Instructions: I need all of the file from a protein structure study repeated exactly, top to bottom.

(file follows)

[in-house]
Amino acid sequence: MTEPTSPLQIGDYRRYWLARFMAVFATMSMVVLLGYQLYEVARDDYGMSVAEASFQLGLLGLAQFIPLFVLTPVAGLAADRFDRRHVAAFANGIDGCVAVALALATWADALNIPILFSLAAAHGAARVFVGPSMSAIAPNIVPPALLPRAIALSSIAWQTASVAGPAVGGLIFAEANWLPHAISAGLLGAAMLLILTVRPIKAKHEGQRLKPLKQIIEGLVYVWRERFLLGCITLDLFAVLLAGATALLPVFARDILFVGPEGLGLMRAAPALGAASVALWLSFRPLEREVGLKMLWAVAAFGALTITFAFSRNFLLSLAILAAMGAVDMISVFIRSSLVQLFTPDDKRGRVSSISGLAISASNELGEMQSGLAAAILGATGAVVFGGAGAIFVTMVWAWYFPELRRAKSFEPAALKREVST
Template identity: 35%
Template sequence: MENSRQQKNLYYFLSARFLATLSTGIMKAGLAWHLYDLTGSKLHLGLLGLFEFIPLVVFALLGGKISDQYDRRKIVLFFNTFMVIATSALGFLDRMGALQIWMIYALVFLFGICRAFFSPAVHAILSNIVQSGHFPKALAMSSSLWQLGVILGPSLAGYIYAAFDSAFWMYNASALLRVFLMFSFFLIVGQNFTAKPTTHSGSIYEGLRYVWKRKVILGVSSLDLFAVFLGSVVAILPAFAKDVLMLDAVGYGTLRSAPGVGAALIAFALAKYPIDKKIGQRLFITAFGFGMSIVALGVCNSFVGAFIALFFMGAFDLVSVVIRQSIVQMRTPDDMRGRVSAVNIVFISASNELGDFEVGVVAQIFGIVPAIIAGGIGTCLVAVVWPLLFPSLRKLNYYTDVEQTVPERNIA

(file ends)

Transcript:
[in-house]
Amino acid sequence: MTEPTSPLQIGDYRRYWLARFMAVFATMSMVVLLGYQLYEVARDDYGMSVAEASFQLGLLGLAQFIPLFVLTPVAGLAADRFDRRHVAAFANGIDGCVAVALALATWADALNIPILFSLAAAHGAARVFVGPSMSAIAPNIVPPALLPRAIALSSIAWQTASVAGPAVGGLIFAEANWLPHAISAGLLGAAMLLILTVRPIKAKHEGQRLKPLKQIIEGLVYVWRERFLLGCITLDLFAVLLAGATALLPVFARDILFVGPEGLGLMRAAPALGAASVALWLSFRPLEREVGLKMLWAVAAFGALTITFAFSRNFLLSLAILAAMGAVDMISVFIRSSLVQLFTPDDKRGRVSSISGLAISASNELGEMQSGLAAAILGATGAVVFGGAGAIFVTMVWAWYFPELRRAKSFEPAALKREVST
Template identity: 35%
Template sequence: MENSRQQKNLYYFLSARFLATLSTGIMKAGLAWHLYDLTGSKLHLGLLGLFEFIPLVVFALLGGKISDQYDRRKIVLFFNTFMVIATSALGFLDRMGALQIWMIYALVFLFGICRAFFSPAVHAILSNIVQSGHFPKALAMSSSLWQLGVILGPSLAGYIYAAFDSAFWMYNASALLRVFLMFSFFLIVGQNFTAKPTTHSGSIYEGLRYVWKRKVILGVSSLDLFAVFLGSVVAILPAFAKDVLMLDAVGYGTLRSAPGVGAALIAFALAKYPIDKKIGQRLFITAFGFGMSIVALGVCNSFVGAFIALFFMGAFDLVSVVIRQSIVQMRTPDDMRGRVSAVNIVFISASNELGDFEVGVVAQIFGIVPAIIAGGIGTCLVAVVWPLLFPSLRKLNYYTDVEQTVPERNIA